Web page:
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T-8's, T-10's, and T-12's; cheap shop lights

I've noticed that there seems to be some confusion about fluorescent tubes 
and appropriate ballasts, so I thought I'd add my 2 cents.  Before I begin, 
let me tell you that I don't intend to give specifics here since I am not 
very familiar with the wide range of tube types, diameters, and wattages 
available for aquarium use.  I am more familiar with what's available for 
commercial use so I just hope to try to clarify the terminology.  I'm also 
not including VHO's in my discussion since I know little about them.

First the tube diameter.  The 'T-' number refers to the diameter of the tube 
in eights of an inch, _regardless_ of its length or wattage.  So a T-8 is 
8/8ths, or one inch in diameter.

S. Wong said that , "I read in a posting that not all 1 inch diameter bulbs 
are really T8 bulbs, they might be T12's."  I think what the original poster 
meant was that although the particular T-8 tube being discussed was thinner 
than the T-12(same length), it used the same ballast.  From what I've seen 
in the pet stores, I believe this to be true.  So you can have an aquarium 
hood with the appropriate ballast to run a 40W 4' tube, regardless of its 
diameter (well, as long as the hood will physically accommodate the diameter 
of the tube.  One hood that I had could not hold anything wider than a T-8,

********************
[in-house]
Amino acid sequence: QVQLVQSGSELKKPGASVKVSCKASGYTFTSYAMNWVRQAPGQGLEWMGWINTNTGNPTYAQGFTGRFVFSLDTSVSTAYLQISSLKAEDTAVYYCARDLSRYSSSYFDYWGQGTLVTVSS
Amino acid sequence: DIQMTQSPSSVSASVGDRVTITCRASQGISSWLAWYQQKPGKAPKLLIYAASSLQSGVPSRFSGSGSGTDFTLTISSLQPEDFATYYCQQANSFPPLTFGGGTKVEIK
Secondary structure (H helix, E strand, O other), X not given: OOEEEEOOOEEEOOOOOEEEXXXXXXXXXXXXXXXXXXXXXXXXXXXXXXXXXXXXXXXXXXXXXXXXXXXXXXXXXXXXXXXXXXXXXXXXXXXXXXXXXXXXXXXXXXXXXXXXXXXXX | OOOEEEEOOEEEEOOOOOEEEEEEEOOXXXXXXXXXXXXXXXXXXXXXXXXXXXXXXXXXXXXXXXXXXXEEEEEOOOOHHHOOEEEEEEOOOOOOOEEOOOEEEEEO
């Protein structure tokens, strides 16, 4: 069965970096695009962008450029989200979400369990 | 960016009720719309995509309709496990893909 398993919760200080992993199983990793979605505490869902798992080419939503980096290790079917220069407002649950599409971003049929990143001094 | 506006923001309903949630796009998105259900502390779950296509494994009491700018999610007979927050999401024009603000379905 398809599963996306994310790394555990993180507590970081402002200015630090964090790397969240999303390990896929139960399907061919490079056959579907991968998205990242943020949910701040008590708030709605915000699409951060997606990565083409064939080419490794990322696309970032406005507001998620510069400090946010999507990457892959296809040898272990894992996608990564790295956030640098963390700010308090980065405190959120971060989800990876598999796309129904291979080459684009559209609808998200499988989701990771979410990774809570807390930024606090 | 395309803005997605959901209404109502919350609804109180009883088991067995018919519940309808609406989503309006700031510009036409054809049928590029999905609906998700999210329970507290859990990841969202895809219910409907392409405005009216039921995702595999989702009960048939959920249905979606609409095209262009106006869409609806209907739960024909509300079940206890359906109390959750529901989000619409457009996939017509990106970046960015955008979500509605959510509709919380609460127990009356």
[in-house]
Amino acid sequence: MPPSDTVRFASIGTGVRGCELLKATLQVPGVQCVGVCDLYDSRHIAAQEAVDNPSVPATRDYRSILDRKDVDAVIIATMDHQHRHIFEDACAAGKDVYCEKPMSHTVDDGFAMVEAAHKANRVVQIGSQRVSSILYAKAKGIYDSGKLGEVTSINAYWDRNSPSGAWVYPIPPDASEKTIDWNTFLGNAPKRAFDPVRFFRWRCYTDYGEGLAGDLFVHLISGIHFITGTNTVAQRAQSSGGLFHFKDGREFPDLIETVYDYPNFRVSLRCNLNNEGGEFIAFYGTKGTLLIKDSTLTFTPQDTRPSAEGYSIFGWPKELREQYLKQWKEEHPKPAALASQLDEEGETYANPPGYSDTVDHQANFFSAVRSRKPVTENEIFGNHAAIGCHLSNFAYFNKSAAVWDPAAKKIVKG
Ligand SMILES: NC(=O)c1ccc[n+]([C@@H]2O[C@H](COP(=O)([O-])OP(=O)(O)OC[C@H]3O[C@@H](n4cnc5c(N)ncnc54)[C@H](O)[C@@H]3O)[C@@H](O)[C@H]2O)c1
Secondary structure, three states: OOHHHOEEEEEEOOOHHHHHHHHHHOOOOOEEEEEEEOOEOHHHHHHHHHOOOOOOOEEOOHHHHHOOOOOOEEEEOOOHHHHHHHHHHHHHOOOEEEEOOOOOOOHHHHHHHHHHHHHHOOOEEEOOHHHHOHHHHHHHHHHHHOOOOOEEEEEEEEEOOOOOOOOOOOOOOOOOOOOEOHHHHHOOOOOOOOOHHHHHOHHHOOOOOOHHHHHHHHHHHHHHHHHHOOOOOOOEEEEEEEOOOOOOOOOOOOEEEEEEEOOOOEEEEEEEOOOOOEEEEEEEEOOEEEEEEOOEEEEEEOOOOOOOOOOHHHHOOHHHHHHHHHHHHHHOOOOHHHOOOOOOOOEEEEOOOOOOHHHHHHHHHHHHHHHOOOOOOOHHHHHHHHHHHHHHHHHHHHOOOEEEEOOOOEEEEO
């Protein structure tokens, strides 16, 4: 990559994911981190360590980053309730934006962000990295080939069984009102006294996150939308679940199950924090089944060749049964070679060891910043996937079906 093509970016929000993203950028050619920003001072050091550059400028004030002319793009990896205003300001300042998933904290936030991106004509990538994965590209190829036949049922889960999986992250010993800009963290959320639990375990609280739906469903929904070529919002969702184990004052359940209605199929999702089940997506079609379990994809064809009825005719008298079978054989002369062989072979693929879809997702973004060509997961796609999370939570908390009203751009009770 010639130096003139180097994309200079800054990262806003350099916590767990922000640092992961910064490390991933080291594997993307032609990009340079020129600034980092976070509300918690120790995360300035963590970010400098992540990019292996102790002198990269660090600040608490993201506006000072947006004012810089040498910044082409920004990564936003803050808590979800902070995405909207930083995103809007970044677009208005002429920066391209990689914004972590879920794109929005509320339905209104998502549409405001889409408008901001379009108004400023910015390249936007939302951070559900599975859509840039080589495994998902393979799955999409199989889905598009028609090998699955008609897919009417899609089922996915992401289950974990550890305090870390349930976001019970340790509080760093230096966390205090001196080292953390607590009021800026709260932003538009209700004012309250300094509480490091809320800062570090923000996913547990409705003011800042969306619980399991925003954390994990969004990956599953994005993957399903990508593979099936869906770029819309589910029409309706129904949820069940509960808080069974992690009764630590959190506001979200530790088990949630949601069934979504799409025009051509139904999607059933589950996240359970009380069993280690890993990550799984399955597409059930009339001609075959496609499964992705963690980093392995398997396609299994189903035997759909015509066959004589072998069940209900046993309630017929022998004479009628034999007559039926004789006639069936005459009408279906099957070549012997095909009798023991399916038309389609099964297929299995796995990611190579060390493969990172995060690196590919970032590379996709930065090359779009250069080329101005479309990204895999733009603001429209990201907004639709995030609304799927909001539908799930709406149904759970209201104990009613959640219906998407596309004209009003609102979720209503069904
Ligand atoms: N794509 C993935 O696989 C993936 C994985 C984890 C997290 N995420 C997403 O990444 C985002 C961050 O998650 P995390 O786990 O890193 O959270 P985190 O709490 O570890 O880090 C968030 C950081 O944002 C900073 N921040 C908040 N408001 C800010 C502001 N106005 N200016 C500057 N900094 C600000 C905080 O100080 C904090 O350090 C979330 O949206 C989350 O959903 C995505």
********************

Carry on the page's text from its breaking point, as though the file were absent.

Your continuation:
to allow 2 tubes to take up the space normally used by a 1 tube fixture.) 
 It makes sense to me that aquarium-specific tubes would be designed to be 
used in standard aquarium fixtures, in terms of their ballast requirements.

In the commercial lighting world, 'T-8' is commonly used to refer to the 32W 
4' tubes being retrofit to older lighting fixtures in buildings.  These are 
usually driven by electronic ballasts that are specifically designed for 
them.  These ballasts should not be confused with the electronic ballasts 
designed for 40W 4' tubes.  If you simply ask for a ballast for a T-8 tube 
at an electrical supply place, this is what they may have in mind.

What about the cheap shop light fixtures, some of which come with electronic 
ballasts?  I only have third hand info to offer here, but here it is.  Some 
(most? all?) of these with el. ballasts are designed to drive the 
'energy-efficient' 34W 4' tubes.  Although the 34W tubes were originally 
designed to replace 40W tubes, using the same ballast, the electronic 
ballasts in some of the cheap shop lights don't appear to be able to last 
long when driving a 40W tube.

I hope I was clear on all of this.  If you have questions, I'll try to 
clarify them if someone else doesn't first.  If anyone has experience that 
contradicts, or clarifies, what I said, I'd be glad to hear about it.

I heartily second the recommendation to go to your local electrical supply 
house.  Bring the old tube, and even the fixture.  They should be able to 
help you find what you need.

Finally, some of you may be unaware that the manufacture of 'common' (e.g., 
Cool whites, not the fancy ones like Chroma 50's) 40W 4' tubes for the U.S. 
was stopped by the govt. in October '96.  So if you want them, buy them now. 
 The 34W energy efficient ones are still being manufactured.

Wade Shimoda (I'm an engineer but I don't work for any lighting manuf.)
Honolulu, HI